We know hindsight is 20/20. But can foresight ever be 20/20?
It apparently was for Toronto Maple Leafs GM Dave Nonis, at least in one case. Two weeks ago, backup goaltender James Reimer may or may hot have been on the trading block. He was and still is a restricted free agent to be and he’d gradually lost the starting gig to Jonathan Bernier, who has carried the Leafs of late. Reimer also appeared to have fallen out of favor with coach Randy Carlyle. Remember the staredown after Carlyle yanked Reimer from a game against Detroit Dec. 21? Reimer had started 18 games from October to that point in December. In the three months since, he’s started six.
Considering how many goalies changed teams at the trade deadline last week, there had to be a market for Reimer. Minnesota acquired Ilya Bryzgalov as “insurance,” for Pete’s sake. So Nonis must have been tempted to move Reimer, whose days as the true No. 1 in Toronto are clearly done.
But Nonis didn’t and showed commendable foresight in that moment. The Leafs are not Stanley Cup contenders, but they are all but in the playoffs at this point. Over their last five games, they’ve won crucial conference matchups against the Rangers and Flyers and seemingly unwinnable games in Anaheim and Los Angeles. It usually isn’t pretty, but this team finds a way to win and, in a wide open Eastern Conference, there’s no telling what it might do.
If you’re a fringe playoff contender and a young team, it’s not smart to overextend yourself with a major deadline trade designed to help you win now. But it’s equally dumb to deal away important pieces when you know you’re competitive enough to make some noise in the East. The Leafs may lose Reimer this summer, whether they deal his rights before free agency or let him walk, but Nonis wisely retained him for the short term. Now, the Leafs reap the rewards.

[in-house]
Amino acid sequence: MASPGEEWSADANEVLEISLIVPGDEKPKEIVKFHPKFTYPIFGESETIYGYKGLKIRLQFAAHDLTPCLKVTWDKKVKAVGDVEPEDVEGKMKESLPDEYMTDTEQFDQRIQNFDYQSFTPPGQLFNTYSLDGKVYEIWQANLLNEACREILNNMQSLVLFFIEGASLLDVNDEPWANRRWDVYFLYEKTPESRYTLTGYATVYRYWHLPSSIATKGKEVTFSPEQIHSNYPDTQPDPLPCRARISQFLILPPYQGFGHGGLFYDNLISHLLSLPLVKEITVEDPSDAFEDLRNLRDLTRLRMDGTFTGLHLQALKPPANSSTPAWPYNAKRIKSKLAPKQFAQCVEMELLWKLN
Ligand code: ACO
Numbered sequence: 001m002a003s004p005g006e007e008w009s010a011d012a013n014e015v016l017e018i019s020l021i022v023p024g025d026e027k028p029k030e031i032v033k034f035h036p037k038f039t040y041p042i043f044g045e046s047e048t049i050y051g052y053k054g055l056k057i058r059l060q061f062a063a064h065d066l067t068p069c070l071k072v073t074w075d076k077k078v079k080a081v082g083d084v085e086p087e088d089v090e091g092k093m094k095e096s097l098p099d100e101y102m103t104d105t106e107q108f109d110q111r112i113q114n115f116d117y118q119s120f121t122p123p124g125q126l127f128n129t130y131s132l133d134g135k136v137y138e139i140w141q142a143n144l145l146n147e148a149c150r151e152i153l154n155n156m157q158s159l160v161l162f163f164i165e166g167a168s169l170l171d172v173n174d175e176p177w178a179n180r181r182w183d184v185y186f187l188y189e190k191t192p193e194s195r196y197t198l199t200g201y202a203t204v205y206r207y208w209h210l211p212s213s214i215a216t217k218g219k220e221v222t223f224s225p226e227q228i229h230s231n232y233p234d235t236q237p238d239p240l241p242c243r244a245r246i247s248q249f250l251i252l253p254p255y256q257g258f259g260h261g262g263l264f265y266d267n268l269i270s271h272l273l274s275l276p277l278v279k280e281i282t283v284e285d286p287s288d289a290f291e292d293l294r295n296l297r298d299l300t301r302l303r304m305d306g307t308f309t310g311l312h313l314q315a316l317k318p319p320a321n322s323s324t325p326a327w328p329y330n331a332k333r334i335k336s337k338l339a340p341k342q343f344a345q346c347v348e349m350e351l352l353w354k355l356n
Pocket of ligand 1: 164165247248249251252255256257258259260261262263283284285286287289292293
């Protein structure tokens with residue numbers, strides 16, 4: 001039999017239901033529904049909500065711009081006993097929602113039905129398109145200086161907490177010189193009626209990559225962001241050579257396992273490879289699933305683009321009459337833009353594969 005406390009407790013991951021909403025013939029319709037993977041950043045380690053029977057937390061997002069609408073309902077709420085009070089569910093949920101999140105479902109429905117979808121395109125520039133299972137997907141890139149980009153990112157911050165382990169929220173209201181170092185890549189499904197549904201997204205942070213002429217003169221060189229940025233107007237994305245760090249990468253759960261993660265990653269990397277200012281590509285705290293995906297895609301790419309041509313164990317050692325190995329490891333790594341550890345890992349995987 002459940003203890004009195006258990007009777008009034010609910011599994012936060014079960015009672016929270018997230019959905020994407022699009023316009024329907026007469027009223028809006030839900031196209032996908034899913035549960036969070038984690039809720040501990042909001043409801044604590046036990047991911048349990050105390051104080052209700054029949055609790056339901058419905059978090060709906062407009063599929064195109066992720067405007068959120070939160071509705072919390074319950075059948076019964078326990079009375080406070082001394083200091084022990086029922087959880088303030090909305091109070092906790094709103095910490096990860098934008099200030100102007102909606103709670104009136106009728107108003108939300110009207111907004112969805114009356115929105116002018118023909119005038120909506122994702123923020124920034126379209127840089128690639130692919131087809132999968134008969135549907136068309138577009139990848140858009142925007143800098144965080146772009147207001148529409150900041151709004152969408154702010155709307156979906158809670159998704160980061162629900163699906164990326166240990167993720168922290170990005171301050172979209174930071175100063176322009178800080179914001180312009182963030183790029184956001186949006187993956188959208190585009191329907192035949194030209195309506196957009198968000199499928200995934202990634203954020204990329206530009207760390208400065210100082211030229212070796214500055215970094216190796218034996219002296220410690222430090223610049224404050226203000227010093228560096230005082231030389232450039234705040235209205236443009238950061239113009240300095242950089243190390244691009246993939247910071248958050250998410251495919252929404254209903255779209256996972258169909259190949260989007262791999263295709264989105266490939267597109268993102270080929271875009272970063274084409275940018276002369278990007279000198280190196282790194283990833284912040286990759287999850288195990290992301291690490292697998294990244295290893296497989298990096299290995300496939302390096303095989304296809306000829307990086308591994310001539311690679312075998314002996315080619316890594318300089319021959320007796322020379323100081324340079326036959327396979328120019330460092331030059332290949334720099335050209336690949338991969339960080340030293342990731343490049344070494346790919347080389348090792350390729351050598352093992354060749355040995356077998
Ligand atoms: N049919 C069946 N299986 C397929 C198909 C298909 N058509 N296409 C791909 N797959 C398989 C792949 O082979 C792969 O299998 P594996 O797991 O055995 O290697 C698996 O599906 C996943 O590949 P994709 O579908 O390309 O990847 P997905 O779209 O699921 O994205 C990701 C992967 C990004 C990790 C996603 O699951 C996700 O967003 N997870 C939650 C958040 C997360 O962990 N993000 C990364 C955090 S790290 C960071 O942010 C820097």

Bernier went down with an undisclosed lower-body injury last night. Reimer stepped in and was brilliant, stopping all 31 shots he faced as the Leafs rallied to win 3-2:
An injury isn’t a massive surprise considering Bernier sits at 44 starts on the year, exactly double his previous career high. With such a massive spike in workload, he’s bound to break down here and there. The injury is reportedly not serious, but could be of the nagging variety. That’s why it’s important to have a highly capable backup in place. Reimer is that.
Reimer likely won’t win a Vezina Trophy in his career, but he’s perfectly capable of getting hot for five- or 10-game stretches, which is precisely what Toronto needs him to do now, assuming he feels no lingering effects of his own after taking a shot to the head from Jarret Stoll. He just might save the Leafs’ season if Bernier misses more than a handful of games.
Matt Larkin is an associate editor at The Hockey News and a regular contributor to the thn.com Post-To-Post blog. For more great profiles, news and views from the world of hockey, subscribe to The Hockey News magazine. Follow Matt Larkin on Twitter at @THNMattLarkin